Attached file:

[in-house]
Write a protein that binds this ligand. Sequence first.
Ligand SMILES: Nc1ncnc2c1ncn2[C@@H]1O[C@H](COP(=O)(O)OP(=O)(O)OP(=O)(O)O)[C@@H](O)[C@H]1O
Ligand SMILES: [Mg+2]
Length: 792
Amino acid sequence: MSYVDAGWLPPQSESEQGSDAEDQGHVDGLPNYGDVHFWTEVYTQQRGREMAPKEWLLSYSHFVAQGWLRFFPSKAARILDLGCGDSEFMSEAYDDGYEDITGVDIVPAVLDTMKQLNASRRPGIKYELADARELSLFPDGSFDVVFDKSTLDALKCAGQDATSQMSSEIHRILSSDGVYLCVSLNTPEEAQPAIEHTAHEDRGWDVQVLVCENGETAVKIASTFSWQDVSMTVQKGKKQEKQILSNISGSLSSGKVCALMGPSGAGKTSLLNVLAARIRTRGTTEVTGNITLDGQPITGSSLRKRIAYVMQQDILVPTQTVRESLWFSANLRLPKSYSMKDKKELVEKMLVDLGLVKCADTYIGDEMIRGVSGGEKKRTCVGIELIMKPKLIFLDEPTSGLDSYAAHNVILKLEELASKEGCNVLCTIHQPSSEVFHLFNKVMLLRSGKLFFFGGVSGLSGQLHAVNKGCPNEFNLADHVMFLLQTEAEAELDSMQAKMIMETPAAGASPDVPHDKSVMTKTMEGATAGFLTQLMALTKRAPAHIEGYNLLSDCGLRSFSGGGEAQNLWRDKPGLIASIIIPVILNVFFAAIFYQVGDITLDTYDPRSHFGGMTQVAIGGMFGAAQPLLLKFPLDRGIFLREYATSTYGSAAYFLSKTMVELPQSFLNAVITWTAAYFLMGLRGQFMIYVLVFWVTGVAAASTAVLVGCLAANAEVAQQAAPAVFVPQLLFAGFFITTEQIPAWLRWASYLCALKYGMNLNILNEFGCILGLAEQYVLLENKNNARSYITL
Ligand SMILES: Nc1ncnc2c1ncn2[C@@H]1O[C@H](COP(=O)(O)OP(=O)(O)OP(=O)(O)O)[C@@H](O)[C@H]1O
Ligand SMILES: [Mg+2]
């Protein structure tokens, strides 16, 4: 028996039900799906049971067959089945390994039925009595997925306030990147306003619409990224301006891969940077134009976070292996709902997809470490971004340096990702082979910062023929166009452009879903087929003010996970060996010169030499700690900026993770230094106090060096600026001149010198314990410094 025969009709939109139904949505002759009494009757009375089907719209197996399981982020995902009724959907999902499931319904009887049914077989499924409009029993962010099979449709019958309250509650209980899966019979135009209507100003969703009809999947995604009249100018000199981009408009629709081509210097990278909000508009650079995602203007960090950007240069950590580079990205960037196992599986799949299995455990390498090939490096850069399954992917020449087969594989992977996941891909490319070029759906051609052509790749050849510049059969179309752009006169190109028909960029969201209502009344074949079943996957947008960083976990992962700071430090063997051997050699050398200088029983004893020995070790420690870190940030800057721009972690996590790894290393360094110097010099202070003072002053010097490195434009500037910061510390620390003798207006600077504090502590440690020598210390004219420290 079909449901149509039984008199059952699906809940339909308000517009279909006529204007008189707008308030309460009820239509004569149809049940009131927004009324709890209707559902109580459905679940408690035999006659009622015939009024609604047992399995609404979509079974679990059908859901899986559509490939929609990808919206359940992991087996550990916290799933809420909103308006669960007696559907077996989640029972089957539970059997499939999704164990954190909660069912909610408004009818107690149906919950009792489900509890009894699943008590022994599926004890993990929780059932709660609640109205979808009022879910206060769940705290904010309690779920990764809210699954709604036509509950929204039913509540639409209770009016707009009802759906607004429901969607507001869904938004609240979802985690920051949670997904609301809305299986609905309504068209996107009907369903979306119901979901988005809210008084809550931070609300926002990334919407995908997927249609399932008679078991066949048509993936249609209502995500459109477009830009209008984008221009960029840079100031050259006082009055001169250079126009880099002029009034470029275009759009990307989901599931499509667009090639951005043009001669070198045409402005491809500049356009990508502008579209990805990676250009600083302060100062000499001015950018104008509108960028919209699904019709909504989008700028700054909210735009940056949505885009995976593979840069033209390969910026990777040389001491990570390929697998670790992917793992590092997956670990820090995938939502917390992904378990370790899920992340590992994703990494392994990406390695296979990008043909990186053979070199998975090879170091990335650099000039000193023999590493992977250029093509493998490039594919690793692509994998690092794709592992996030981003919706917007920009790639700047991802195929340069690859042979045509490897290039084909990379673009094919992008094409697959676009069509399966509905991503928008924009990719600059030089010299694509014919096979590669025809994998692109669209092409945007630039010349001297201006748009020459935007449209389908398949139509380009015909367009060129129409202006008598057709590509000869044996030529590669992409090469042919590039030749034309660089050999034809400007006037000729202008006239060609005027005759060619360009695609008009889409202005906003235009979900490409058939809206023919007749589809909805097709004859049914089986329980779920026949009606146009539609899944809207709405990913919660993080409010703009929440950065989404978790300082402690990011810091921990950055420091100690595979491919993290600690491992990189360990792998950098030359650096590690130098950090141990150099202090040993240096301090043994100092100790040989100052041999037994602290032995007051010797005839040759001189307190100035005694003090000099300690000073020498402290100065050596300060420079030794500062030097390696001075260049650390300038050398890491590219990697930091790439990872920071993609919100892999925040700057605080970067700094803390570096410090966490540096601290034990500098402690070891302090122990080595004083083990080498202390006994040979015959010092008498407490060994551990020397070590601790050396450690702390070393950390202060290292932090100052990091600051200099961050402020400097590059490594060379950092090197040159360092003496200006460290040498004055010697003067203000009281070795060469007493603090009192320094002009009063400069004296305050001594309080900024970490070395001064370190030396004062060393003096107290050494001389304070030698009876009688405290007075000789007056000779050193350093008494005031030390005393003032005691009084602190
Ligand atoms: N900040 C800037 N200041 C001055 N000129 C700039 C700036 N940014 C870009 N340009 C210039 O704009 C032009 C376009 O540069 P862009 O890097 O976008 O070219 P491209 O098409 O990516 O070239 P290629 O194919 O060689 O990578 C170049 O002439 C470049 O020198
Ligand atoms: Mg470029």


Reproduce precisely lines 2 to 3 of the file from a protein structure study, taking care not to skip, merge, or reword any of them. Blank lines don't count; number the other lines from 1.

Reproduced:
Write a protein that binds this ligand. Sequence first.
Ligand SMILES: Nc1ncnc2c1ncn2[C@@H]1O[C@H](COP(=O)(O)OP(=O)(O)OP(=O)(O)O)[C@@H](O)[C@H]1O